The crucible of freedom and reason that fostered the American revolution also opened the door to new movements in religious thought. One of those movements was Unitarianism, which grew out of Congregationalism in New England and the Unitarian tradition in England, Hungary, and elsewhere in Europe.

The American Unitarian Association (AUA) was created in 1825, giving form to the burgeoning Unitarian faith in North America. Thomas Jefferson had seen the Unitarian potential when he wrote:

“I trust that there is not a young man now living in the United States who will not die a Unitarian.”

Although Jefferson proved unduly optimistic, the AUA quickly became one of the most prominent religious groups in the United States.

The AUA for most of its life was an organization dedicated to promoting a tolerant religious faith that saw reason and a belief in God as congruent rather than hostile. It saw the Unitarian faith as squarely within the Western religious tradition. Modern thought, knowledge, and other faith traditions were not automatically rejected, as other religions insisted be done. Rather those modern ideas and the beliefs they challenged were to be tested through reason and debate, allowing the truth to come forth as a faith that could embrace both the wisdom of the past and new knowledge. Thus illuminated, religious faith would shine steadily and brightly in even the strongest storm.

In more recent years, various movements within the AUA, many not even religious in character, caused the association to depart from its historic traditions to the point that it would hardly be recognizable to its founders. The AUA was disbanded in 1961 when it merged with the Universalist Church of America, creating a new organization called the Unitarian Universalist Association.

The American Unitarian faith tradition was reborn in the year 2000 as the American Unitarian Conference, dedicated to a renewal of the historic Unitarian faith.The new AUC holds that the traditional Unitarian faith is uniquely suited for modern men and women seeking to grapple with the difficulties of applying religious faith to modern life. Classical Unitarian thinking offers a religious faith and language that neither requires its adherents to jettison modern science, nor to accept beliefs that they cannot rationally accept. Yet it is a religious faith, not just a philosophy, and draws sustenance and life from the Western religious tradition.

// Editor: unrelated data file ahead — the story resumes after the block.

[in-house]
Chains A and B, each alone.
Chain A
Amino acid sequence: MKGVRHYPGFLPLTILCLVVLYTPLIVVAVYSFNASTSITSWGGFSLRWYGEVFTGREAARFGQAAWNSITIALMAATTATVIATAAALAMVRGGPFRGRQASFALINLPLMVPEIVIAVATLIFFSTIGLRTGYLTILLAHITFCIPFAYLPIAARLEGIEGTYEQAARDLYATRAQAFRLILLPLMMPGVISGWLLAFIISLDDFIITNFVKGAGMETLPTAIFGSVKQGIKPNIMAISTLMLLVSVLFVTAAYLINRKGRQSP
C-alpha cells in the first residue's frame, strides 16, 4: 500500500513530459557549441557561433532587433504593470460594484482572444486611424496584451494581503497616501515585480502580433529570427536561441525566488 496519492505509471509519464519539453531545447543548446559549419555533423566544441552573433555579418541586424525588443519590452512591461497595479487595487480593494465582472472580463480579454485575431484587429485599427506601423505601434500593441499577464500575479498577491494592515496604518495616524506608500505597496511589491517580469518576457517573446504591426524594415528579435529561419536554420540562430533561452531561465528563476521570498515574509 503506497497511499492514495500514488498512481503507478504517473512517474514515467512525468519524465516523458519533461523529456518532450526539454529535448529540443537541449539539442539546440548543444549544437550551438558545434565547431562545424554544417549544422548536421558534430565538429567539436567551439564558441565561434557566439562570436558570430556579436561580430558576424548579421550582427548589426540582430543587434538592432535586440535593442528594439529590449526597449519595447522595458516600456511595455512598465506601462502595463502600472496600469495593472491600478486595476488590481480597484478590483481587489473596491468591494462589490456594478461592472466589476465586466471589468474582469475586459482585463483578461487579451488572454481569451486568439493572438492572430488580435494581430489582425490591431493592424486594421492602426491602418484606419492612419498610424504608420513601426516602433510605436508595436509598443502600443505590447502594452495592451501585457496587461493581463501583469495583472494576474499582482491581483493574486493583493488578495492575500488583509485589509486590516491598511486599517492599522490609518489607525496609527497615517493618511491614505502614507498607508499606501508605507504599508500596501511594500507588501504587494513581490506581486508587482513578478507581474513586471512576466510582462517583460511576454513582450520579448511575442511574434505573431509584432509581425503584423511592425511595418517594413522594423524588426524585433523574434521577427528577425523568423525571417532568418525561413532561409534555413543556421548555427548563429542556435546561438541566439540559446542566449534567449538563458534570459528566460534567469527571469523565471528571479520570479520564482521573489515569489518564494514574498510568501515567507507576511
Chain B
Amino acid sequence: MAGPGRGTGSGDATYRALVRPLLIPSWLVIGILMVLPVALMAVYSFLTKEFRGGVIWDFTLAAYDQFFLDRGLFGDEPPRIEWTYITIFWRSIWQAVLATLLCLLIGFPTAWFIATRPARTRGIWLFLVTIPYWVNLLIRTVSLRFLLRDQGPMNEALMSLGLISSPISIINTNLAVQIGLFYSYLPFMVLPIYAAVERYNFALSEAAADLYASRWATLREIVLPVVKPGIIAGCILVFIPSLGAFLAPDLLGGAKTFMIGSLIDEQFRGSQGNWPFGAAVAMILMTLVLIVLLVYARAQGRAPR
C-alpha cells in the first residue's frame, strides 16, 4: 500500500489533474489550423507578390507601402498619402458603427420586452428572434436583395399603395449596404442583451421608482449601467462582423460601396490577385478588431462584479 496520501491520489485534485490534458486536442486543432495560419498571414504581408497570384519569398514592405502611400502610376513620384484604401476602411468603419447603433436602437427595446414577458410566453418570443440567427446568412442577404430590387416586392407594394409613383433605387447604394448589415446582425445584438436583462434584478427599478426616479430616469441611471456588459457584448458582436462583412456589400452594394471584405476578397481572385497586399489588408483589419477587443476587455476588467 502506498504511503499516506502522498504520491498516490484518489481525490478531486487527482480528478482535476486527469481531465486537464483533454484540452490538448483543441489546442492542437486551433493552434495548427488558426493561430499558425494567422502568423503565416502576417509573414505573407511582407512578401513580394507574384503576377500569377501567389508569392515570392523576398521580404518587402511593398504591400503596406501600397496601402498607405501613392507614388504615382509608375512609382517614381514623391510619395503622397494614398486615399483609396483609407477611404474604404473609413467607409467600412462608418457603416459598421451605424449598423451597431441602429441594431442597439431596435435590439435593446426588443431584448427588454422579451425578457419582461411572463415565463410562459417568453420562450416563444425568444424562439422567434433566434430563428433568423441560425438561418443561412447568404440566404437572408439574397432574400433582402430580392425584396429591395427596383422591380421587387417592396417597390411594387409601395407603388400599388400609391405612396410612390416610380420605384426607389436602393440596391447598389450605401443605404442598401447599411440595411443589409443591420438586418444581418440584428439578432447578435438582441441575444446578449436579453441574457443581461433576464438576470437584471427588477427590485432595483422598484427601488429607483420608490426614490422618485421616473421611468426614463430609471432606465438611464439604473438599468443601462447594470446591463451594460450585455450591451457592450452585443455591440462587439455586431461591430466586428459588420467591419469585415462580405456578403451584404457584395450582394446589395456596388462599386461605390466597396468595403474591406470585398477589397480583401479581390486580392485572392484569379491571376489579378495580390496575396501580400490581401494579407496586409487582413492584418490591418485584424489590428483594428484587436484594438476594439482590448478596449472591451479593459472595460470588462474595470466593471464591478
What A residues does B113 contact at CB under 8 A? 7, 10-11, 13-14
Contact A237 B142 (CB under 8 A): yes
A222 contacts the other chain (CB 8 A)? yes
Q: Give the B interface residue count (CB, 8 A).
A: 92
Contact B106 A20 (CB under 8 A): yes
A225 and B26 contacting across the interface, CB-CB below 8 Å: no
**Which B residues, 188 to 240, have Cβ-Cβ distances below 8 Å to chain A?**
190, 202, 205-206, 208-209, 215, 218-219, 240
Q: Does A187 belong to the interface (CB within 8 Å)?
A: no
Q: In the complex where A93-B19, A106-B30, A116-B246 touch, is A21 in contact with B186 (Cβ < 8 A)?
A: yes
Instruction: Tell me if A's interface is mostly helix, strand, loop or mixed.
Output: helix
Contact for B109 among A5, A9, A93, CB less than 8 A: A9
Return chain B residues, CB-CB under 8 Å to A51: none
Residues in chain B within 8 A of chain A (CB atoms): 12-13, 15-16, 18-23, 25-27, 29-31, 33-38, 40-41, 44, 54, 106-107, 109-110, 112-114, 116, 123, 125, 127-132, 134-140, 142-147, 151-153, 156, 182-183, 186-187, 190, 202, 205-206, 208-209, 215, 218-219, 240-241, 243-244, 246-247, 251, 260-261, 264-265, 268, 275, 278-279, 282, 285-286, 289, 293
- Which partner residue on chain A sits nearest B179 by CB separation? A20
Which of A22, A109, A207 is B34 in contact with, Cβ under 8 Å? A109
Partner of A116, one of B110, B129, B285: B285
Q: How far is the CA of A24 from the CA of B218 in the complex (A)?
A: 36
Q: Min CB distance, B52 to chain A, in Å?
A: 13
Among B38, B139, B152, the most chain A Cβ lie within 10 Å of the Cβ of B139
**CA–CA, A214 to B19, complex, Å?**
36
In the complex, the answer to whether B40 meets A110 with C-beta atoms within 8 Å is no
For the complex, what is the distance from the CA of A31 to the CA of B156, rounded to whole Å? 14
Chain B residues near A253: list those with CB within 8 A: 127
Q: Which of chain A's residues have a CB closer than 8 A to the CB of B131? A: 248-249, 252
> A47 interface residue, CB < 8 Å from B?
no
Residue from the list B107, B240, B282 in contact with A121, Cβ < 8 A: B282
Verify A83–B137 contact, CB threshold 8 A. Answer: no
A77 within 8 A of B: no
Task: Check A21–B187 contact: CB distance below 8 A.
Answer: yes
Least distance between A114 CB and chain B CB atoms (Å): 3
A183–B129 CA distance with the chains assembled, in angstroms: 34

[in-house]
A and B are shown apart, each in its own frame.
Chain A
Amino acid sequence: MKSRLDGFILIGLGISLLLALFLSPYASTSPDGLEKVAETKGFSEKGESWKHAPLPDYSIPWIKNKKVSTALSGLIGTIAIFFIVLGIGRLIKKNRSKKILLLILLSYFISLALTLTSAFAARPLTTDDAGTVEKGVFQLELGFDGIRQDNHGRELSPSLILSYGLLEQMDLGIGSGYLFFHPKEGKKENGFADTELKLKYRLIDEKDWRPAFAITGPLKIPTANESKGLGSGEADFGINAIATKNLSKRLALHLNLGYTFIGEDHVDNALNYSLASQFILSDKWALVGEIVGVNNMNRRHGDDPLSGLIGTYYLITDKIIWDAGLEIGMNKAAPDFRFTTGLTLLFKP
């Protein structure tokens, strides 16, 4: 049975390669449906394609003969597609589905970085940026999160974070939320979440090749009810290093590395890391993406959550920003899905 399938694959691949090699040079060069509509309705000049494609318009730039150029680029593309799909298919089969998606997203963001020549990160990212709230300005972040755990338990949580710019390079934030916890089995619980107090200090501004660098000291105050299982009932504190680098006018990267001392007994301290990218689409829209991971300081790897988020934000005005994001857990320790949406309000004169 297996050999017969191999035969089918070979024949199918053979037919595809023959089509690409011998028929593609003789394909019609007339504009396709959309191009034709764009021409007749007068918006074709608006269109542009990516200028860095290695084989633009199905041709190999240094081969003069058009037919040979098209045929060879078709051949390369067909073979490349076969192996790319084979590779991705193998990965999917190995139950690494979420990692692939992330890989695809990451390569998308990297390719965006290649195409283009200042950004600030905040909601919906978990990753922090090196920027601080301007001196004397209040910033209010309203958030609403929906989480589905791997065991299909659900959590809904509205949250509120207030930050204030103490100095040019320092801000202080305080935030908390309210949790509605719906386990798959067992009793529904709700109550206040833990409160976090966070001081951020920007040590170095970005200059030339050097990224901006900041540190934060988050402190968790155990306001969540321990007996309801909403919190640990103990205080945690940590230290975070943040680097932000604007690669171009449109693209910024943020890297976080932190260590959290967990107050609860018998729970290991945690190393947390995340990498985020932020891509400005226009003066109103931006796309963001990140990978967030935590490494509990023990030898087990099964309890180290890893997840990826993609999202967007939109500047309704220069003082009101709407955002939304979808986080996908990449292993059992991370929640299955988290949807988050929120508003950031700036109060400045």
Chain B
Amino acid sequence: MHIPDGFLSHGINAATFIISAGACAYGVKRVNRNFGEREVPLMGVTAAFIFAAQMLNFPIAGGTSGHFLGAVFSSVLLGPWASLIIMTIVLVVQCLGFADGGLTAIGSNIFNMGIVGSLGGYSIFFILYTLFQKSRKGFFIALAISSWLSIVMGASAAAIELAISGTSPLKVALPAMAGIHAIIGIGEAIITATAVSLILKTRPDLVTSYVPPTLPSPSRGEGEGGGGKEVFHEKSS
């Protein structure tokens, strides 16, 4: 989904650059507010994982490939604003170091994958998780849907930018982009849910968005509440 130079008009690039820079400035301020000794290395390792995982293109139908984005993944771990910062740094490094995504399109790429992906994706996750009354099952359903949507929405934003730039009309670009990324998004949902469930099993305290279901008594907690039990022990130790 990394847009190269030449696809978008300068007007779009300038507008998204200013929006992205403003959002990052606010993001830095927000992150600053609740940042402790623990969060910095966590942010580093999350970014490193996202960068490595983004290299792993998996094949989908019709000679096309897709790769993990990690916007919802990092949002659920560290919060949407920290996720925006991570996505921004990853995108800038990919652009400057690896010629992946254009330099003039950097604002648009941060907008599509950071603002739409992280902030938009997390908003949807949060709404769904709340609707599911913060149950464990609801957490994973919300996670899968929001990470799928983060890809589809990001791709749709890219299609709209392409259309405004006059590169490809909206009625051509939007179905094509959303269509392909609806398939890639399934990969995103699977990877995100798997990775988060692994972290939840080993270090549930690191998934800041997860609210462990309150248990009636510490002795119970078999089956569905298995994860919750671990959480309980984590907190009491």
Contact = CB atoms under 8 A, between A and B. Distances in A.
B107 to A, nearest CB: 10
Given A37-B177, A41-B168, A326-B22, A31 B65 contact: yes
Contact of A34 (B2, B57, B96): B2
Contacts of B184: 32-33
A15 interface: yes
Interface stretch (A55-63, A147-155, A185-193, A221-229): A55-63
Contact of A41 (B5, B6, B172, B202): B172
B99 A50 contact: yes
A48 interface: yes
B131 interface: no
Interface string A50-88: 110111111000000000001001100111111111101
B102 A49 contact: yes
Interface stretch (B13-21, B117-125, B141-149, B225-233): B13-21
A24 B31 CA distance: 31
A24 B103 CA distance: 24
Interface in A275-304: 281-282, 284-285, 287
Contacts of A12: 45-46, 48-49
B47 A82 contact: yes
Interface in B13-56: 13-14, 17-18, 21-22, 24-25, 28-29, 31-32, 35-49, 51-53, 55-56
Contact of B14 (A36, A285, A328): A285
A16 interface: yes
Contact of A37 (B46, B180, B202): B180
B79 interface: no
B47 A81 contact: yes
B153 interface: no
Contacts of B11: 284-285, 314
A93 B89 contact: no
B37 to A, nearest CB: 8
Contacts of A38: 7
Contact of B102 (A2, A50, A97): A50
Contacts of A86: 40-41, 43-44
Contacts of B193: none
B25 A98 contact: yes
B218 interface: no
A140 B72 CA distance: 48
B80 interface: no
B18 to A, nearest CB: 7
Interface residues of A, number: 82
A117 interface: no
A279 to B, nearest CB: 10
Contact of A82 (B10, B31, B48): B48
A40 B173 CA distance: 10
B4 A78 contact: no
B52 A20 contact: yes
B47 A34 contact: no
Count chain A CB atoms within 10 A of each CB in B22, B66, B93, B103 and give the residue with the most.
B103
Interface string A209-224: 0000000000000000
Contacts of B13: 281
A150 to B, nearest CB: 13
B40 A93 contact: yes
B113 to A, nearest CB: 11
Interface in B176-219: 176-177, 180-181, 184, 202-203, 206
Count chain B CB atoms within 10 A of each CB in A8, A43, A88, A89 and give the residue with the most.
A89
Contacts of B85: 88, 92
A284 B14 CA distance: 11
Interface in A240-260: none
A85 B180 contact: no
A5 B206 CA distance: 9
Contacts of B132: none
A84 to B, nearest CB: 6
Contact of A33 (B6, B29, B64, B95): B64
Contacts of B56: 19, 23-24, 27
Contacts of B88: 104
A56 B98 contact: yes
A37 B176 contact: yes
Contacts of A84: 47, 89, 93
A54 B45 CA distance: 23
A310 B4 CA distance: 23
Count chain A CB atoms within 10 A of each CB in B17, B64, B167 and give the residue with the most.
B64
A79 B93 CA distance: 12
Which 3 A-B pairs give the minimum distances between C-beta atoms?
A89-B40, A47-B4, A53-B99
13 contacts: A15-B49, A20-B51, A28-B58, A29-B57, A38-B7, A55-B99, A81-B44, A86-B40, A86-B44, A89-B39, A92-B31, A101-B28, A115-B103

The new AUC is not so vain or arrogant as to think that all that has been done before us is of little or no value and that religious truths need to be entirely rediscovered with each new generation. Our Unitarianism is anchored in the hard-won wisdom and understanding of those that went before us without remaining stagnant. We believe that the Unitarian tradition is unique in this respect and the AUC aims to make that tradition vibrant and alive once again.

It will take a tremendous amount of work to rebuild Unitarianism into a movement that can fulfill its promise, yet at the same time this effort promises to be an exciting adventure. We invite you to join us and help us build a Unitarianism that will bring us intellectual and spiritual sustenance, a Unitarianism that will offer an anchor in an increasingly chaotic world, a Unitarianism that offers much more than tired formulas and dogmatic creeds, a Unitarianism that we can be proud to bequeath to our children.